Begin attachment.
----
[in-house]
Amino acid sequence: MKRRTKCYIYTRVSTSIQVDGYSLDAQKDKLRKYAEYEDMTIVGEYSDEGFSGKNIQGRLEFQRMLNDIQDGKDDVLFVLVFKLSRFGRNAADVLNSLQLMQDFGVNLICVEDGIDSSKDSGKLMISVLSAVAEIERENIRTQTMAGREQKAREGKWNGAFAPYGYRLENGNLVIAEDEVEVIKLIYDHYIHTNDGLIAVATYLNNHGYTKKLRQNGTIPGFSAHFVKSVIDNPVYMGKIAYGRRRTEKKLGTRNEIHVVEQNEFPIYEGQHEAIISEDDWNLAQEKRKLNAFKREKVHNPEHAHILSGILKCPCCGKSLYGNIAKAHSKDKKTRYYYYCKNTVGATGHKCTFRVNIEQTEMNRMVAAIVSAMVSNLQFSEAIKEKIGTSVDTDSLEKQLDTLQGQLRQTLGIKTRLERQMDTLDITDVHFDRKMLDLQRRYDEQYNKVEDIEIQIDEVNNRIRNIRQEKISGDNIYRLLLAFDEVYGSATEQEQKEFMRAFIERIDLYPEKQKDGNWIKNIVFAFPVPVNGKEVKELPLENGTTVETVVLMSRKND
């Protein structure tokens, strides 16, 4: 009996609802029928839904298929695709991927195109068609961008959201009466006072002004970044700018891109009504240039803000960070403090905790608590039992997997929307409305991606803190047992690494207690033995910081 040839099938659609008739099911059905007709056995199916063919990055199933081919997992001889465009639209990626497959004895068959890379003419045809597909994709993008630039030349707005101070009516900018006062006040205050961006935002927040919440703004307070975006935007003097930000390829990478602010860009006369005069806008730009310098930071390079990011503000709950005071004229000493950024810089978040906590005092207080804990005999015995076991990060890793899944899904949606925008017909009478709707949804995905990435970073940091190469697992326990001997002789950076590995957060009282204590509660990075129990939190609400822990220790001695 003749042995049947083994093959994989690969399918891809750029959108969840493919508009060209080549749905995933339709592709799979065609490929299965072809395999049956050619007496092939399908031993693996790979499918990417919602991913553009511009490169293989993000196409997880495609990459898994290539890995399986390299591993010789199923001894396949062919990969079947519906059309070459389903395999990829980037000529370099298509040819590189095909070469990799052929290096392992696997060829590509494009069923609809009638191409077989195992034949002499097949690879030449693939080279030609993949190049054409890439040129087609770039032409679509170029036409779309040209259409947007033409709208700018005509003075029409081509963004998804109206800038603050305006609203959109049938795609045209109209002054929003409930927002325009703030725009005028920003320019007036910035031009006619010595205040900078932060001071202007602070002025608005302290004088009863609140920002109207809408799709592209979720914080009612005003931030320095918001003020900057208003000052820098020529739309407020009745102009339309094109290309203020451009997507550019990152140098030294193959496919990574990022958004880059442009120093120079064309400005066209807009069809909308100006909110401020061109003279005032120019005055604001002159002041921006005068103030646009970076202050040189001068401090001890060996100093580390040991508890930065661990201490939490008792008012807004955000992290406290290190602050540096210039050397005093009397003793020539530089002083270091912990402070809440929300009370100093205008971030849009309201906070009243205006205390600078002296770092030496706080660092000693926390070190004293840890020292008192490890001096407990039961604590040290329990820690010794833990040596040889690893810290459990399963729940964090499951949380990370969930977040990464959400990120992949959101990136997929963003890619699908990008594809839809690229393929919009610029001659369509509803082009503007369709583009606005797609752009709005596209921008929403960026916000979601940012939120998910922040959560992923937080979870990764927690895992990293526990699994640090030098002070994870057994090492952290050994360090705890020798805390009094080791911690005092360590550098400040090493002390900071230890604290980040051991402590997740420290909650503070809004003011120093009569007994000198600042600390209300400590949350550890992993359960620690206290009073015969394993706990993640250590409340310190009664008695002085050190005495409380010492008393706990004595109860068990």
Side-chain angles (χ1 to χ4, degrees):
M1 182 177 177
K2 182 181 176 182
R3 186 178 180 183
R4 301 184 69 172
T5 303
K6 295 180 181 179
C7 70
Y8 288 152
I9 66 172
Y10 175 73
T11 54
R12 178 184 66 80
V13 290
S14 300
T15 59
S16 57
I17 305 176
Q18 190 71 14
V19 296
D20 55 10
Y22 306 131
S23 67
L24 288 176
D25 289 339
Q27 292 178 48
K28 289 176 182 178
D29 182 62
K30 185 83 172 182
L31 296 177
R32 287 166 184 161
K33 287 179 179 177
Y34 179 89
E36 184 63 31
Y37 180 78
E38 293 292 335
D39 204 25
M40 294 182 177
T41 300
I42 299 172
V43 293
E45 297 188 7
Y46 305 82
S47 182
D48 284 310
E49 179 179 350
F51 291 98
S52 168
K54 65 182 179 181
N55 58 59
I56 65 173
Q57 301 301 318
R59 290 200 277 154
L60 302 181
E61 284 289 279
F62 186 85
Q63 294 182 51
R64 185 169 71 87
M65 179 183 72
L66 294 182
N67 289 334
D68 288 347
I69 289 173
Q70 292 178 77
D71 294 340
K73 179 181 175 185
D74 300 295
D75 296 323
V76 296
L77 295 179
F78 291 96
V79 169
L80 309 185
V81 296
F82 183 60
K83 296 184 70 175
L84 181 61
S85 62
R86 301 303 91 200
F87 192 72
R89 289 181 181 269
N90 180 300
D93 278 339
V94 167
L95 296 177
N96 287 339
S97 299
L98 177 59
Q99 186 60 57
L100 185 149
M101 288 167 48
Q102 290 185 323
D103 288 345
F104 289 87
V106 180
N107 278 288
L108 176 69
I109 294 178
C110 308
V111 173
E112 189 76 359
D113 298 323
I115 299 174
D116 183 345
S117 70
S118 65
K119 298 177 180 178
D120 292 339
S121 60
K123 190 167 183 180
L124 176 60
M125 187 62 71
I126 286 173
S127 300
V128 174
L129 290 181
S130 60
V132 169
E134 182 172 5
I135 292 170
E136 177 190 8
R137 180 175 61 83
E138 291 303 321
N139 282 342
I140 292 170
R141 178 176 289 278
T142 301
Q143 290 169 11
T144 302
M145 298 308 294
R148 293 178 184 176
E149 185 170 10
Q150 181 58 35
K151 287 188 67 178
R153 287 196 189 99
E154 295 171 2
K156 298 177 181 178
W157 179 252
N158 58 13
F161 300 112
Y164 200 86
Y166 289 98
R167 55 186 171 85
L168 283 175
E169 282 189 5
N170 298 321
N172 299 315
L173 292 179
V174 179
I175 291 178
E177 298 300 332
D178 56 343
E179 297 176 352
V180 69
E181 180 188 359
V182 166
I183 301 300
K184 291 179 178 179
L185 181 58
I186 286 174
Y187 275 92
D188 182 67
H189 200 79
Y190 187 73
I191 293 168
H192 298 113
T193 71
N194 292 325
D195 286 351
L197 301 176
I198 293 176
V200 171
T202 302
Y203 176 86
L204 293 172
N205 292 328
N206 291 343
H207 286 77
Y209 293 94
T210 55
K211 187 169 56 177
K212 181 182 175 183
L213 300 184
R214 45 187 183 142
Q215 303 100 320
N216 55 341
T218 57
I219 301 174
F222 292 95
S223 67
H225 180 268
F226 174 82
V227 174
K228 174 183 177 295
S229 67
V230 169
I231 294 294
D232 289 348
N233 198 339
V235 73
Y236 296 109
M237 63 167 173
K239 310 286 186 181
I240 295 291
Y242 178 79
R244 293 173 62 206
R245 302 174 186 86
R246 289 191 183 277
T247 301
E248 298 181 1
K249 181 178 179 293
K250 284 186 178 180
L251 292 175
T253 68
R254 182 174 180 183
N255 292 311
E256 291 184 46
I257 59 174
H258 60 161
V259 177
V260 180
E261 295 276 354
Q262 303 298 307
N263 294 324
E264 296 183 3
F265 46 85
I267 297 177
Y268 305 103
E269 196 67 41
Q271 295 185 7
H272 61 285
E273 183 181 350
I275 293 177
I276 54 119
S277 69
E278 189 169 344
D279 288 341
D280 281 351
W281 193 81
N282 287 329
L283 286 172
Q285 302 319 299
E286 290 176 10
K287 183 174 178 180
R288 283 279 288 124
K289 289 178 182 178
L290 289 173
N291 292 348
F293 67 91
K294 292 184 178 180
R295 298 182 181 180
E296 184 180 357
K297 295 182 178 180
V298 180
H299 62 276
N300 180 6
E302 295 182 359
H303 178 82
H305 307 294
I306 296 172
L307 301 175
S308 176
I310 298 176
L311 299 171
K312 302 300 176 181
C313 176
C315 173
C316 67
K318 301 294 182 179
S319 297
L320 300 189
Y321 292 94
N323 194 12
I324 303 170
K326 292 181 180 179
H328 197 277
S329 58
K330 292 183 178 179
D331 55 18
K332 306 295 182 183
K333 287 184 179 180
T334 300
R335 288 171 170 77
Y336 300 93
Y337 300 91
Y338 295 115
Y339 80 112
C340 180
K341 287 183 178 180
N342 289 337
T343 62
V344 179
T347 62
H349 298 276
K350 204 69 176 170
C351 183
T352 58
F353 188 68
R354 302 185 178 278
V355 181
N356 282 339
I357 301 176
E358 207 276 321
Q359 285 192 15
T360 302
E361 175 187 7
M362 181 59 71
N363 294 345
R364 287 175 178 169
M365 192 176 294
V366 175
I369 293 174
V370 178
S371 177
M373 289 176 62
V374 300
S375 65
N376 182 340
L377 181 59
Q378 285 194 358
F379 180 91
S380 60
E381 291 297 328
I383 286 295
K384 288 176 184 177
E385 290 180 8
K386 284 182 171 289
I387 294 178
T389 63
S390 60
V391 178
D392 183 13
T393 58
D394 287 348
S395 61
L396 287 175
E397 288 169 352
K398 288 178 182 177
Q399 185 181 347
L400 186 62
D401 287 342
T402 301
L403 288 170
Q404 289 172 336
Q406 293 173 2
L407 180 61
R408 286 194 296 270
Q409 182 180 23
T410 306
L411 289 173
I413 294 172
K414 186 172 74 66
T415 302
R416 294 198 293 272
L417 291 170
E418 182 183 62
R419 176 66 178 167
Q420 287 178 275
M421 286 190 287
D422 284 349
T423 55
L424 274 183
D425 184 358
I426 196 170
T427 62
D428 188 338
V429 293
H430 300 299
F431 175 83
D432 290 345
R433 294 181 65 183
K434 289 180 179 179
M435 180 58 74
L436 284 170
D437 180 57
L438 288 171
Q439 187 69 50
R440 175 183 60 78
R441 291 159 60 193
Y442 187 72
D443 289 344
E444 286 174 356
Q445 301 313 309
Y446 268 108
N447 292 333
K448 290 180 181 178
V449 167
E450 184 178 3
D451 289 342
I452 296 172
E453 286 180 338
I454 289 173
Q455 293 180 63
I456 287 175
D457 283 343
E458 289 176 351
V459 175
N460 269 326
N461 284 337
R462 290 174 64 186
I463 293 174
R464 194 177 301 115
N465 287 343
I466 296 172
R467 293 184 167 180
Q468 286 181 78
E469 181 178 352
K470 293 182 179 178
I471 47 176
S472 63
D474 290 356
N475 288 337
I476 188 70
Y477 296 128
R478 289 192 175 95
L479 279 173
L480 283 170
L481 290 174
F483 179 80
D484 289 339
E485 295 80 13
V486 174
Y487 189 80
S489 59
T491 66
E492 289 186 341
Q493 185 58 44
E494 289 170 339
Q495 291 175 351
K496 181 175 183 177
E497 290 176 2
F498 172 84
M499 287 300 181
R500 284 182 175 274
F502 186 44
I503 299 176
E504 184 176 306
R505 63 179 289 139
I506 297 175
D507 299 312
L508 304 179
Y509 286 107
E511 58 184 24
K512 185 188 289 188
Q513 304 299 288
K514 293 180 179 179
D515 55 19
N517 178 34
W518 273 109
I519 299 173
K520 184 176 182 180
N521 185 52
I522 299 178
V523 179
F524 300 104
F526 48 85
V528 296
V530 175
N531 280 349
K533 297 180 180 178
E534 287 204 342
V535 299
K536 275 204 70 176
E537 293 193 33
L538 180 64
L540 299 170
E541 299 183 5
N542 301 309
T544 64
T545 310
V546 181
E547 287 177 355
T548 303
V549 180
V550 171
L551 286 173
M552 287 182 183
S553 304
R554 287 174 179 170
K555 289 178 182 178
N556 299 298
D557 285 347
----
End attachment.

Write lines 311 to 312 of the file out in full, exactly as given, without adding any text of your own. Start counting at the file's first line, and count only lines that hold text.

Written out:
N363 294 345
R364 287 175 178 169